A travelling book, brought to safety

A year and three quarters ago, I signed up with BookCrossing.com – a neat little site that tracks books.

Here’s how it works. You register your book. You drop your book off in a public place. You wait for someone to find it, log in and let you know it’s been found. It’s Where’s George with books.

It sounded pretty awesome. I went through my collection and grabbed all of my doubles – books that both Kerrie and I had brought together when we got married. Later, I went to the Augustana College library book sale and grabbed some of the best books I could find.

I printed stickers and placed them on the inside cover. I began “losing” books around town.

The next summer – 2006 – I set a box out at a garage sale. I wrote a sign explaining BookCrossing and invited people to take the books for free.

This summer, I took the books that were remaining – including some newer books I had picked up and not wanted to keep – and filed them on a bookshelf at Dunn Bros. here in town.

It had been 18 months, and no one had found a single one of my books. I knew this to be impossible – I saw people take them from my garage sale. I gave one to a co-worker! I knew my books were traveling; I just hadn’t had anyone actually log in and check.

And then, on a whim, I looked at the site this week.

A book had been found. A Stephen King book I received from a co-worker for the express purpose of throwing it out through BookCrossing. It was found at Dunn Bros. By an anonymous finder. On August 1st – the day Sierra was born. And they left a message.

“caught the book at Dunn Bros. Coffee Shop.Will release it at same place after my wife reads it.


Awesome. It finally worked.

Reading is the most rewarding pastime I engage in. I enjoy reading books and magazines and articles and other forms of the written word. I took my love of reading and sought out a dream of writing. And after parlaying several wrong turns into educational experiences, I found a form of calling – writing, for a paycheck, and loving nearly every minute of it.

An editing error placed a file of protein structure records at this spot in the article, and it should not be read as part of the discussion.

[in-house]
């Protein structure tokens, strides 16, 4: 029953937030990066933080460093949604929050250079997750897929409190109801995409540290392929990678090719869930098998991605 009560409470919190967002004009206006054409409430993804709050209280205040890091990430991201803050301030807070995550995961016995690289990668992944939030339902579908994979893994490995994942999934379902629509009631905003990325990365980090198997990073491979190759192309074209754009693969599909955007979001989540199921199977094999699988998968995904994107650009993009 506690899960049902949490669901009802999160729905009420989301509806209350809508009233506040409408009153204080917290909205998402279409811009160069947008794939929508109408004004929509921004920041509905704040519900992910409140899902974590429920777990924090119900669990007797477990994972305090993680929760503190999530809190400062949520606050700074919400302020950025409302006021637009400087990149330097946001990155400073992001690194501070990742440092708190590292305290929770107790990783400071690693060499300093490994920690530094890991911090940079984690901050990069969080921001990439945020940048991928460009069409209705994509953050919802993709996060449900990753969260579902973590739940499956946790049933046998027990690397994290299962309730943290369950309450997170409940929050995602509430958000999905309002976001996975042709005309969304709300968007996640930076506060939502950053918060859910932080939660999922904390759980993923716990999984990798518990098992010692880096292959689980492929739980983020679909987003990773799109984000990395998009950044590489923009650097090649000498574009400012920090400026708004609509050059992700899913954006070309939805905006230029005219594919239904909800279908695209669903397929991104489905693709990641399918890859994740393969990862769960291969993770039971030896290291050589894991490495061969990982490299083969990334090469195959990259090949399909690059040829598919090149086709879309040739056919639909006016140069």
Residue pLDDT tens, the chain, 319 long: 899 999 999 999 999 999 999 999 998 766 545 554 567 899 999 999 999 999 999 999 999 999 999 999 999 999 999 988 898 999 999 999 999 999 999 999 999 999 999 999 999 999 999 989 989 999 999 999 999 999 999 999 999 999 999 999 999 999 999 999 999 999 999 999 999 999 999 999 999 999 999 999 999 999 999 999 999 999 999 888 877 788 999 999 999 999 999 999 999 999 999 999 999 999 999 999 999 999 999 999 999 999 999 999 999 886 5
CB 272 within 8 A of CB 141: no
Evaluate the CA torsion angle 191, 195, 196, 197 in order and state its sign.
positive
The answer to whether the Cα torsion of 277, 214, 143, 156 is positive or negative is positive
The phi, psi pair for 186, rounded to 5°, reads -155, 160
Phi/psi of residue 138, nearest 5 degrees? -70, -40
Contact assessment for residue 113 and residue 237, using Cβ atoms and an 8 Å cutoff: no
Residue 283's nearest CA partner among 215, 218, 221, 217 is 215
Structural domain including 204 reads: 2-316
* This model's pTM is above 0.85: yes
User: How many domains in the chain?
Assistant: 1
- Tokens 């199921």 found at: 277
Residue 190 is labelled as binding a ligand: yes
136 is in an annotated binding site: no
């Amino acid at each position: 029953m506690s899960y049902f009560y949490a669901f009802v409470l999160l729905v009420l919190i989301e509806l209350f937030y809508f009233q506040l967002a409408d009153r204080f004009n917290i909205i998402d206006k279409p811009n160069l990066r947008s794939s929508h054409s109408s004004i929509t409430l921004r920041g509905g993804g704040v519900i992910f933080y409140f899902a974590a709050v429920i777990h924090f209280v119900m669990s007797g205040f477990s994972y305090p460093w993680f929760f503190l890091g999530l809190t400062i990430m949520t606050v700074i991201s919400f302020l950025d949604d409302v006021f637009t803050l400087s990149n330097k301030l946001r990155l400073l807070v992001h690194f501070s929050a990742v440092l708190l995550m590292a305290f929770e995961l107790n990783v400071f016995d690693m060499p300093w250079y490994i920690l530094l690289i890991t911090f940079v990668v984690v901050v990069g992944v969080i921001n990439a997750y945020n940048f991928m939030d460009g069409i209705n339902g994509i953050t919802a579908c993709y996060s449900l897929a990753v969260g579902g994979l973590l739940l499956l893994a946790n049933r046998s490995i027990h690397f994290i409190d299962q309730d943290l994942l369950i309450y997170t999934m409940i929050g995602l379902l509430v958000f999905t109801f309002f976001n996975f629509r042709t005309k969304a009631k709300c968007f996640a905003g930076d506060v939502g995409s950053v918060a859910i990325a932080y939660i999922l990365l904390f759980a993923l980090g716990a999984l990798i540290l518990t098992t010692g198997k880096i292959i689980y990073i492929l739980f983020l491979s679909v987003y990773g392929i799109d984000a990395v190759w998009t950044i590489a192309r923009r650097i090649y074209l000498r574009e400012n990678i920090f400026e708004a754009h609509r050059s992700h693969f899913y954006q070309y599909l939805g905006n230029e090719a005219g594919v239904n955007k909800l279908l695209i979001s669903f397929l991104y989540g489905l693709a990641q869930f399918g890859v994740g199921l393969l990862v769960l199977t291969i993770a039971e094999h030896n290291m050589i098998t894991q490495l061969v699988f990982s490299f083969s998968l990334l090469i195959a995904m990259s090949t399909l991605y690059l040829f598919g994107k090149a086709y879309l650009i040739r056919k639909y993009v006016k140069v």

But reading is more than just a solitary act. Nothing is greater than recommending a book – than finding a brilliant piece of fiction or a thought-provoking non-fiction tome and passing the word along. You wait with baited breath for that person’s response. You wait to see if the book you love was universally accepted, or if it was a quirky blip, a book that would always hold a place in your heart but never caught on with the mainstream.

Reading is about more than the solitary act of comprehending words. It’s about sharing those words – through book clubs, discussions, web sites. I do it through my monthly What I’ve Been Reading articles, and through the “What I’m Reading” listing on the sidebar to the right. I do it by talking about great books to the people I think would have similar interests. I try to use my favorite author’s styles, learning from their brilliance, always turning a clever Steinbeck sentence into a subtly created piece of advertising copy.

I hope to pass the gift of reading on to every one of my friends. To everyone I meet. To my family, to my wife, and in the future, to my daughter.

And now, through some weird six-degrees-of-separation-esque website, I’ve passed the gift of reading on to a complete stranger. Sure, it’s a book I’ve never read – probably will never read. But it was a gift, from a person who loves books, to a person who obviously felt the need to read, to pick up someone’s hard worked words and pour over each sentence. It was a gift from me to someone.

It feels pretty good, actually – to know that, in some very small, minuscule way, I helped someone read for the day. I just hope that people keep finding those books. I just hope that people keep reading.

This was lovingly handwritten on August 19th, 2007